Fat vs sugar
2nd July, 20150 Comments
Written by: Katherine Kimber Bsc (Hons) RD
Not long ago we were told to avoid fat, now we’re being told to avoid sugar as fat isn’t so bad. Do I avoid fat, sugar or both? The media has a huge impact on the public’s opinion of what food or macronutrients we should and shouldn't be eating. I looked further into the reason why this switch in public opinion may have occurred.
What informed the change in opinion?
In 1983 UK guidelines were introduced on dietary fat intake. We were advised to reduce this to 30% of total energy intake and reduce saturated fat consumption to 10% of total energy intake. These recommendations were made in the belief that dietary fat can increase our risk of coronary heart disease.
More recently a group of scientists sought out the research up to 1983. They looked into the studies these guidelines were based on - a study type called Randomised Controlled Trials (RCT’s) – the ‘cream of the crop’ in research design.
The results concluded that the initial guidelines in 1983 to reduce dietary fat intake should not have been introduced. Whether this means that changes to the health policy should be made is a more complex question.
So is this true? Can I eat more fat?
RCT’s are less accurate in dietary interventions as they are often poorly adhered to. There is every possibility that low fat diets had a positive impact on mortality, but was missed due to poor adherence to the diet suggested. Therefore (in short) the types of studies that have been recently scrutinised are not the most ideal to measure dietary outcomes.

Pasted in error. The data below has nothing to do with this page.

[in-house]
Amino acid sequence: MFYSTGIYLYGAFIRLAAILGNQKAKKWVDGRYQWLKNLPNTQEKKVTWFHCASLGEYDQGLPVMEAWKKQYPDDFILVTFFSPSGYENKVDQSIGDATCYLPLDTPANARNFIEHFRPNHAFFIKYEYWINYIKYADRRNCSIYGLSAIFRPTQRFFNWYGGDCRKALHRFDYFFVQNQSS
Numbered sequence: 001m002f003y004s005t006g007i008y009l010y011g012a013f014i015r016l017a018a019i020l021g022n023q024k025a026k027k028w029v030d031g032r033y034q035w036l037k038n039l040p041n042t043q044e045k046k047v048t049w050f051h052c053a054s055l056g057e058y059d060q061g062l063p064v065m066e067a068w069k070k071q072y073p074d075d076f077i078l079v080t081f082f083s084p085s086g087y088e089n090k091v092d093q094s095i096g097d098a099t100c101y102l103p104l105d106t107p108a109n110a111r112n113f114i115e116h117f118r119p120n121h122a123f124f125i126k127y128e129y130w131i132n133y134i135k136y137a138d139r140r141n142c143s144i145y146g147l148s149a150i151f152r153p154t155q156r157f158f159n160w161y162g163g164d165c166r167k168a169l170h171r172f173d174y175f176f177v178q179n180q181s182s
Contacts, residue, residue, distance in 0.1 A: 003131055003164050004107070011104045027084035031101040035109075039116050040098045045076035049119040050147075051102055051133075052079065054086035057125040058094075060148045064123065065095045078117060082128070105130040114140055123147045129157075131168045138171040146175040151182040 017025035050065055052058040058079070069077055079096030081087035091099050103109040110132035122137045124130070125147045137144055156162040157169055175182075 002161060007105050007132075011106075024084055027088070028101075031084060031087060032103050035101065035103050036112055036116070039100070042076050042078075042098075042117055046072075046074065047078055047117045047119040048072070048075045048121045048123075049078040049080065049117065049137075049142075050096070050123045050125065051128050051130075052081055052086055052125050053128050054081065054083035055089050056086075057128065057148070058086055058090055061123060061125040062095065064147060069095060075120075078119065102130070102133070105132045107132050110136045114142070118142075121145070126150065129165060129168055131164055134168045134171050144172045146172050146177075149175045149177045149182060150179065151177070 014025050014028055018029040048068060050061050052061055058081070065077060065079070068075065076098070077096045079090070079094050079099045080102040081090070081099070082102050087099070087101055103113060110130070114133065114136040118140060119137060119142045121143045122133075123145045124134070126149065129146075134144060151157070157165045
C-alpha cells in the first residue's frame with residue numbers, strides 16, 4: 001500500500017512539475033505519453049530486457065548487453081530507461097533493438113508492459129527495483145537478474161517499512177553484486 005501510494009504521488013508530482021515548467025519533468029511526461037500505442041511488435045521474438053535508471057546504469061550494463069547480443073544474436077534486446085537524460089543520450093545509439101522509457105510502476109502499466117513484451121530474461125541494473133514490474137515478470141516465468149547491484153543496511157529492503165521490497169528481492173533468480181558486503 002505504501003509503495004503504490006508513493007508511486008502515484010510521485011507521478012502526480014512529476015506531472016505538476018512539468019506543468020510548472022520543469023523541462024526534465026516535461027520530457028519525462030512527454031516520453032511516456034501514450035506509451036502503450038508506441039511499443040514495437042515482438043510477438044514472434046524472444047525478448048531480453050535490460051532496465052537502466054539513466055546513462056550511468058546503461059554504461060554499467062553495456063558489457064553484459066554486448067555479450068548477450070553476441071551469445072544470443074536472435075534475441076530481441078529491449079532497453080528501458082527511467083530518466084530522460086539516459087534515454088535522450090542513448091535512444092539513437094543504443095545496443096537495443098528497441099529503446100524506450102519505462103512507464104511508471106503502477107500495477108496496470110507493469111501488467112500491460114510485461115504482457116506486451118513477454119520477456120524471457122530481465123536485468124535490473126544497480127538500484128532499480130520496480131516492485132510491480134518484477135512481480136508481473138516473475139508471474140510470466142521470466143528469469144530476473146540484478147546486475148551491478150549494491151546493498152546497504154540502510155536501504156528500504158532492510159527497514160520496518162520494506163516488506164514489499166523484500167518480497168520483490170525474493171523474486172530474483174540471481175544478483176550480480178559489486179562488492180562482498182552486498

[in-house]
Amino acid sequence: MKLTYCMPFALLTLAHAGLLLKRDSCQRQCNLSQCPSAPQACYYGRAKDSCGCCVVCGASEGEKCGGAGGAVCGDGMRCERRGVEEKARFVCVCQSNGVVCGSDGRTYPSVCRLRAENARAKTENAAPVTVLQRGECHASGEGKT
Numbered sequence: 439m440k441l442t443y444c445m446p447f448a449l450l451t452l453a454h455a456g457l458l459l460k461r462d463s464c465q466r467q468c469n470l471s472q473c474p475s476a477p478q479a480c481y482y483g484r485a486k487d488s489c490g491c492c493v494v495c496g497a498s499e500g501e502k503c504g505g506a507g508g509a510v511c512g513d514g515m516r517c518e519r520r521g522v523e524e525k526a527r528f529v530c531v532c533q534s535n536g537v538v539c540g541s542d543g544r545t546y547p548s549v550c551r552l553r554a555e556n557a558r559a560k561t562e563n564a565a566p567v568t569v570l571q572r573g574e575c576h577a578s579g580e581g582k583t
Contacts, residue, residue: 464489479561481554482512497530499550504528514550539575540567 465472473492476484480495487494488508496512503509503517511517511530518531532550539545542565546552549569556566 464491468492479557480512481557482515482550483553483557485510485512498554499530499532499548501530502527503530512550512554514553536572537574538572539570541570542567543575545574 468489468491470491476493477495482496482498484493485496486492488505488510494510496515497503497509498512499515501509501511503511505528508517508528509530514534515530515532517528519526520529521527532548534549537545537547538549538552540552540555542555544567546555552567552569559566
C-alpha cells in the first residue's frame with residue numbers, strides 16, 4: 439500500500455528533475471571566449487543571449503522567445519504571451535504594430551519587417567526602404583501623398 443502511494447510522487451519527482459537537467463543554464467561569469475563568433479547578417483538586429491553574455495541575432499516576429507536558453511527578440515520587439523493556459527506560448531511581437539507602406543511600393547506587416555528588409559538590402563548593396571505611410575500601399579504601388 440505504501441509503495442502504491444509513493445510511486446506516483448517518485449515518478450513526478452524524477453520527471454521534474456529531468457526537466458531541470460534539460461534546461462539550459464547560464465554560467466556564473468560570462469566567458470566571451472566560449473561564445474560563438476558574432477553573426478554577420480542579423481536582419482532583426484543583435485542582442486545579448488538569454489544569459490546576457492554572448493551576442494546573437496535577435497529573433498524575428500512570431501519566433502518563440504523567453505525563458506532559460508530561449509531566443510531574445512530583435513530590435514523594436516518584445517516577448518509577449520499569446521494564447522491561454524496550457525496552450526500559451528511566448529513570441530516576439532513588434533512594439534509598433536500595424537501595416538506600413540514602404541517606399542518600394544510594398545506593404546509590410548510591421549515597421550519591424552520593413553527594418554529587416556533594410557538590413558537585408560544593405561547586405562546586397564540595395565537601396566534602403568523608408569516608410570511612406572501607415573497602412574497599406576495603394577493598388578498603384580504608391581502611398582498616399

There remains a whole body of evidence supporting a link between fat consumption and cardiovascular disease that needs to be considered first. There is certainly a strong argument that an overreliance in public health on saturated fat as the main dietary villain for cardiovascular disease has distracted from the risks posed by other nutrients such as carbohydrates or ‘sugars’.
Replacing one macronutrient (fat), for another (sugar), does not feel like a solution. It is very plausible that both can be harmful, or indeed a complexity of interactions between all macronutrients.
My verdict for now is therefore to stick to a healthy diet 80% of the time consisting of a rainbow of fruits and vegetables, a combination of wholegrain starches, low fat proteins dairy products and you can’t go far wrong. Remember the media can change your opinion in a split second but consider the quality of that evidence and where it has come from. Nutritionists and Dietitians use an evidenced based approach in their advice. They are able to sift through research and come to a reliable and realistic conclusion on what’s available.
About the author
Katherine Kimber Bsc (Hons) RD
Nutritionist Resource is not responsible for the articles published by members. The views expressed are those of the member who wrote the article.
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